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Migration Planning Among Female Prospective Labour Migrants from Nepal: A Comparison of First-Time and Repeat-Migrants

Abramsky, T; Mak, J; Zimmerman, C; Kiss, L; Sijapati, B; (2018) Migration Planning Among Female Prospective Labour Migrants from Nepal: A Comparison of First-Time and Repeat-Migrants. International Migration , 56 (4) pp. 197-216. 10.1111/imig.12449. Green open access

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Abstract

As international female labour migration has increased, so too have efforts to prevent the exploitation of labour migrants. However, evidence to underpin prevention efforts remains limited, with little known about labour migrants’ migration planning processes. Using data from a survey of female prospective labour migrants from Nepal, this article compares socio‐demographics and migration‐planning processes between first‐time and repeat-migrants. We identified several factors which might increase repeat‐migrants’ vulnerability to exploitation during the migration process, or obstruct their engagement in pre‐migration interventions: more rapid migration planning than first‐time migrants; lower involvement in community groups; and a perception that they already have the knowledge they need. Only one‐third of repeat‐migrants planned to go to the same destination and 42 per cent to work in the same sector as previously. With repeat‐migration a common livelihoods strategy, it is crucial that interventions are guided by evidence on the needs of both first‐time‐ and repeat‐migrants.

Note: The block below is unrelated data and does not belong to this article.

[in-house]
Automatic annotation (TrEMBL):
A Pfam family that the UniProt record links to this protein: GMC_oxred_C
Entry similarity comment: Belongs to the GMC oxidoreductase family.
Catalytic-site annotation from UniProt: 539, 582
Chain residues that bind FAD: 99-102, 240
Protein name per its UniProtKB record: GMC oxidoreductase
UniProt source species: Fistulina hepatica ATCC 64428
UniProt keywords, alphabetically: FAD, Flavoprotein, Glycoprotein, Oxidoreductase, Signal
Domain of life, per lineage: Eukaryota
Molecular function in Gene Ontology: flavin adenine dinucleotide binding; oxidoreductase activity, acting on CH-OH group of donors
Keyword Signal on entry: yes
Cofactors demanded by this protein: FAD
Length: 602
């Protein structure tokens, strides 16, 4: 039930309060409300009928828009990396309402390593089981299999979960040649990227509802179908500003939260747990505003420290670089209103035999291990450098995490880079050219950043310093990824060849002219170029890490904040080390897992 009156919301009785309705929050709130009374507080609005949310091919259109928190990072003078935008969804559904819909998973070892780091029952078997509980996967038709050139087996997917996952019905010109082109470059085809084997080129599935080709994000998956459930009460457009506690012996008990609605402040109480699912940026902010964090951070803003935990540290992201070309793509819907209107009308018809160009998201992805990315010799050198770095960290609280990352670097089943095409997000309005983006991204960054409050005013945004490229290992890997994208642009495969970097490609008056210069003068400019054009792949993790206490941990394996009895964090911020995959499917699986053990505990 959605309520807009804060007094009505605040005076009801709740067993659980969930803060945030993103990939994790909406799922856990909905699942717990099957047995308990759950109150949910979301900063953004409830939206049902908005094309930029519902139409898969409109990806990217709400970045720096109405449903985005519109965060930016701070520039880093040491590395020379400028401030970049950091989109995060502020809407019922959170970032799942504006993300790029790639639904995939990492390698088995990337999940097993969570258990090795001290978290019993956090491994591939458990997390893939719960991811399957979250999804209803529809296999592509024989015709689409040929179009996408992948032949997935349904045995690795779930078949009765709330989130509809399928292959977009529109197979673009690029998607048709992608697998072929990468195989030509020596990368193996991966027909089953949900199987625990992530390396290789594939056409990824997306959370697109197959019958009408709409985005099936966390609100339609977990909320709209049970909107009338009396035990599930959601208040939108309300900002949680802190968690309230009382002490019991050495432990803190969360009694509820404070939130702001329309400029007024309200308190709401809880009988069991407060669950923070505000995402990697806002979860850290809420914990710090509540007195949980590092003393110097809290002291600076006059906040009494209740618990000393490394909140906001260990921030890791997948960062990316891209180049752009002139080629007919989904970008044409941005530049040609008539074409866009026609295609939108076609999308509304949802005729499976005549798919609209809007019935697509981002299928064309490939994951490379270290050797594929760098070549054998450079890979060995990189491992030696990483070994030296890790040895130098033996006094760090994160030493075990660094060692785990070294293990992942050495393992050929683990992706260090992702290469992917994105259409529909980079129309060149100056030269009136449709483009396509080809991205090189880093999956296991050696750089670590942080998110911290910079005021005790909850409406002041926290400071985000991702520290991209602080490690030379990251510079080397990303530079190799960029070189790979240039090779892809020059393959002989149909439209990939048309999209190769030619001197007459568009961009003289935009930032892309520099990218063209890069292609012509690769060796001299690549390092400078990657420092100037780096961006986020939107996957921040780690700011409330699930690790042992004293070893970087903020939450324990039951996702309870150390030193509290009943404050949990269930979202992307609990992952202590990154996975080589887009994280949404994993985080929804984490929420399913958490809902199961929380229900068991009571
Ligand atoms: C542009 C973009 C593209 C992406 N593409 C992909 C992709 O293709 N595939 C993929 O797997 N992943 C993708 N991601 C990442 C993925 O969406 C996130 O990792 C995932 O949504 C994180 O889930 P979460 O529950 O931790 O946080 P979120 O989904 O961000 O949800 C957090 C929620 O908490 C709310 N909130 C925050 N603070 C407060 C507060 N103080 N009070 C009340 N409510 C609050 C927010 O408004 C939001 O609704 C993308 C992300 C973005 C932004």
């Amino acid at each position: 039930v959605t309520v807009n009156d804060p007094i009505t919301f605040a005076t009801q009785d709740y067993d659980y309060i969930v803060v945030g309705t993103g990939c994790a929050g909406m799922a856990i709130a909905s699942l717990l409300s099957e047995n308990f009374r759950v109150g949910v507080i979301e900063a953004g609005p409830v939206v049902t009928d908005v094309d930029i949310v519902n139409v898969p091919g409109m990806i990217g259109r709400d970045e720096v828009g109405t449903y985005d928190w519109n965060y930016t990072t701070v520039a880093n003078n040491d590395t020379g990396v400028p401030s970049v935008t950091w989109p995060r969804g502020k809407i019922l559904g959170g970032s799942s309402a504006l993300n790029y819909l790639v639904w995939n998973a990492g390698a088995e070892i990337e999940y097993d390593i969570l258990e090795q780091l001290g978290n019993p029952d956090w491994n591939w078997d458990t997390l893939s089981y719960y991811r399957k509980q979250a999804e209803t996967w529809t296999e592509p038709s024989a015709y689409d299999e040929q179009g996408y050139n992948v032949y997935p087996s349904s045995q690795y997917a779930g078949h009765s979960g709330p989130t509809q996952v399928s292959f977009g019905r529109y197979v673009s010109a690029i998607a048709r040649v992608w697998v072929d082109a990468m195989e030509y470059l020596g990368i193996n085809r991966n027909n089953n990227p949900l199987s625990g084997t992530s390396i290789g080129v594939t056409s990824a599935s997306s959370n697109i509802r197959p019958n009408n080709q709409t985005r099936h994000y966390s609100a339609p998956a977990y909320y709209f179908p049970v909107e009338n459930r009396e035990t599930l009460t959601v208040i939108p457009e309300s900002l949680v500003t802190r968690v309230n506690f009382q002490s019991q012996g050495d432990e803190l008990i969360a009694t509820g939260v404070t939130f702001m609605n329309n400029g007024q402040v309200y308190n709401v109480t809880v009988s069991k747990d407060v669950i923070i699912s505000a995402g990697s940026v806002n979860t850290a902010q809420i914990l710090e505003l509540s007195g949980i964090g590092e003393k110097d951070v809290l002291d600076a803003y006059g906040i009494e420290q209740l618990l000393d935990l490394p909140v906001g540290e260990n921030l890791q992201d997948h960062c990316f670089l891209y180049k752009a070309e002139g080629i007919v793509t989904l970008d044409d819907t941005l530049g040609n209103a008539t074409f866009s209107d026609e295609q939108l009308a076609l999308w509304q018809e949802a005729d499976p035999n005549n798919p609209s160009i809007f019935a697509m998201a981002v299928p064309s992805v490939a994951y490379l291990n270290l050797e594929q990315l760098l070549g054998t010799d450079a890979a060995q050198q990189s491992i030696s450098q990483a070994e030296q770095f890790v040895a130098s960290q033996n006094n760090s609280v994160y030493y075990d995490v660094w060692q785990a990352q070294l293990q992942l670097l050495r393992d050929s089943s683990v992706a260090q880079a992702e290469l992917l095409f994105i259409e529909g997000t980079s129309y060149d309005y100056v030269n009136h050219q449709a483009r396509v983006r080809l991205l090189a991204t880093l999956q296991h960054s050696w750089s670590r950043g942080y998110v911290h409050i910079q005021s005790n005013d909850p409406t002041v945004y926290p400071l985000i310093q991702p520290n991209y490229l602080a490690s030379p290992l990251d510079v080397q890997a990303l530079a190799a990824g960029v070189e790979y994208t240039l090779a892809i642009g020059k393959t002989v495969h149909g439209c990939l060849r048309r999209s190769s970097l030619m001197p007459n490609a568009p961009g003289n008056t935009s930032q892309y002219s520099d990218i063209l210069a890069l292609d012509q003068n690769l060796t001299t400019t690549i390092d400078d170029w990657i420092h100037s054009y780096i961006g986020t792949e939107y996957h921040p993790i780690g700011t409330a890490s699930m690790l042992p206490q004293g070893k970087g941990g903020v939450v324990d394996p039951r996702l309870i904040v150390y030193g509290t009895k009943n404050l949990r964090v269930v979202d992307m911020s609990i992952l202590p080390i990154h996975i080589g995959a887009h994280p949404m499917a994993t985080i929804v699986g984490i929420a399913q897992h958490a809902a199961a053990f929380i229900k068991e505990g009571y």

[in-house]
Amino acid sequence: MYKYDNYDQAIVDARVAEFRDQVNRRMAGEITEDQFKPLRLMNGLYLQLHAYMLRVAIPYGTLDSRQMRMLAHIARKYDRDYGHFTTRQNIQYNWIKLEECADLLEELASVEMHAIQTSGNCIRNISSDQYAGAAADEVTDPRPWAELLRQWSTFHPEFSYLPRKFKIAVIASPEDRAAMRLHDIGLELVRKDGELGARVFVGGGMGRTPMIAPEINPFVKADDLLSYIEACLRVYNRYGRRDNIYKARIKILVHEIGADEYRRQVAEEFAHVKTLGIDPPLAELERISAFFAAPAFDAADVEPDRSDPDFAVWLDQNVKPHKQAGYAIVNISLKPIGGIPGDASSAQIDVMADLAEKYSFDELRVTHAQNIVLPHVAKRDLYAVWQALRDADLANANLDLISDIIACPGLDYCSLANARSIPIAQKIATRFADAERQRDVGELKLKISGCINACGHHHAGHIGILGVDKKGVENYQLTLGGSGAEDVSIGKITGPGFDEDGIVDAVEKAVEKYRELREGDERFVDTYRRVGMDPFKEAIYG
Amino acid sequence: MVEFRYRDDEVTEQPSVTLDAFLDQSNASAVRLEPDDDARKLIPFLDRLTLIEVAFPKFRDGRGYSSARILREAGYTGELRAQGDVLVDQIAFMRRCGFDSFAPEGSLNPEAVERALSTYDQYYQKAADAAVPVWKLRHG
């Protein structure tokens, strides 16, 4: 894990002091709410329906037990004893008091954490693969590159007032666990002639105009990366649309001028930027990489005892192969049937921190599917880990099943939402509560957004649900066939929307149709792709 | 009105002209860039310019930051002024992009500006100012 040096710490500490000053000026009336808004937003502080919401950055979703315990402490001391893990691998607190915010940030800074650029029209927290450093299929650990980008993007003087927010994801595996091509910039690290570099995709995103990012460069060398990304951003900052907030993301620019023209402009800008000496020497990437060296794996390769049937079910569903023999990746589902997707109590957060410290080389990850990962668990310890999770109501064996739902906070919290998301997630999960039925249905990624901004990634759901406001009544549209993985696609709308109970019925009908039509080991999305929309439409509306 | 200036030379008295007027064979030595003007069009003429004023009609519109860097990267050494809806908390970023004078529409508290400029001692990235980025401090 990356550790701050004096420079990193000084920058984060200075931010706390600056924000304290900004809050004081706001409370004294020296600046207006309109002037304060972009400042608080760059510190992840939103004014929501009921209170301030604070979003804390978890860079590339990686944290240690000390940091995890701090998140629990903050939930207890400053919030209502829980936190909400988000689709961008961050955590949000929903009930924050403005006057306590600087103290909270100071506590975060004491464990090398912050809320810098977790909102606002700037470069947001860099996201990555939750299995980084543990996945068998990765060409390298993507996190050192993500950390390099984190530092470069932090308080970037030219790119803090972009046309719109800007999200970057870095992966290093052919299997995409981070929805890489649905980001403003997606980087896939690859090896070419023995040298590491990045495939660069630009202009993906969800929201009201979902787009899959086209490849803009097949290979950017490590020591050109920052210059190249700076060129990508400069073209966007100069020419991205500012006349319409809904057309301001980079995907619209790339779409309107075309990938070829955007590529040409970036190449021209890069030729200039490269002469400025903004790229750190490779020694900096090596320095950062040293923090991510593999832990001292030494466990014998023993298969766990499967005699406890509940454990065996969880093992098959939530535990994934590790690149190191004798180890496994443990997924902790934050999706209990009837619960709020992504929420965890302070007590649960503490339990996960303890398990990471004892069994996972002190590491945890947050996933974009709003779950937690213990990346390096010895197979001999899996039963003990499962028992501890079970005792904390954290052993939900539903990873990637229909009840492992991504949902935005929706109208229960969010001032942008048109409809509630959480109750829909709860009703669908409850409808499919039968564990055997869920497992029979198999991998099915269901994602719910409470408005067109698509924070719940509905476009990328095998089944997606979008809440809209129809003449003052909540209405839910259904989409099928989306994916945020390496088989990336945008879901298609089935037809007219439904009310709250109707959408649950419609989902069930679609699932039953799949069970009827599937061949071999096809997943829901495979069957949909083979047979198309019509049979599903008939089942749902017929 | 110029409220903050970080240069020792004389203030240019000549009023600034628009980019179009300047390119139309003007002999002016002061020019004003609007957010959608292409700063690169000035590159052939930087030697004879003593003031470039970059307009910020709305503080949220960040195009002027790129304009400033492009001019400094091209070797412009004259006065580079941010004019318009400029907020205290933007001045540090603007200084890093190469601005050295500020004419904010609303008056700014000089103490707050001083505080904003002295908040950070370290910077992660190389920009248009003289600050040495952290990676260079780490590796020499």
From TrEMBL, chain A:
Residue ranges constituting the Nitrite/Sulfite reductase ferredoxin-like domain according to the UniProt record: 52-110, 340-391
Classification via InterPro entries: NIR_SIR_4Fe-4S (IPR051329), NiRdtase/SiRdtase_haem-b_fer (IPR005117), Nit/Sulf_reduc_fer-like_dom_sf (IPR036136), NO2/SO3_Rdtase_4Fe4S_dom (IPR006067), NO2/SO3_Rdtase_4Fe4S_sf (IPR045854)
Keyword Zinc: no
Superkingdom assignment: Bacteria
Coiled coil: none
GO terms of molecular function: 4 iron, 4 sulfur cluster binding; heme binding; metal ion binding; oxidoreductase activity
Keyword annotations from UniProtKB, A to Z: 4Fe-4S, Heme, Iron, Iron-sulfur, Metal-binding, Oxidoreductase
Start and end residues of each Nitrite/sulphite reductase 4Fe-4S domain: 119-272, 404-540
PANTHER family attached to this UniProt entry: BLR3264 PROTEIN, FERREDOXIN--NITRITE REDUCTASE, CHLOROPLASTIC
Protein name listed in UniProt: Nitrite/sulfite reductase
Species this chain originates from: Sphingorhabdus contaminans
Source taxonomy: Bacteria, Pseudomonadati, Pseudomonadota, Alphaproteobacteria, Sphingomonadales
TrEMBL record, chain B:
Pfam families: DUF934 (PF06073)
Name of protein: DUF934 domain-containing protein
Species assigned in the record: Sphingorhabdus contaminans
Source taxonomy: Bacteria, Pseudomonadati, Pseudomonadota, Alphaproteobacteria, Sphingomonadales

Type: Article
Title: Migration Planning Among Female Prospective Labour Migrants from Nepal: A Comparison of First-Time and Repeat-Migrants
Open access status: An open access version is available from UCL Discovery
DOI: 10.1111/imig.12449
Publisher version: https://doi.org/10.1111/imig.12449
Language: English
Additional information: This is an open access article under the terms of the Creative Commons Attribution License, which permits use, distribution and reproduction in any medium, provided the original work is properly cited.
Keywords: social sciences, demography, human trafficking, decision-making, health
UCL classification: UCL
UCL > Provost and Vice Provost Offices
UCL > Provost and Vice Provost Offices > School of Life and Medical Sciences
UCL > Provost and Vice Provost Offices > School of Life and Medical Sciences > Faculty of Population Health Sciences
UCL > Provost and Vice Provost Offices > School of Life and Medical Sciences > Faculty of Population Health Sciences > Institute for Global Health
URI: https://discovery.ucl.ac.uk/id/eprint/10079589
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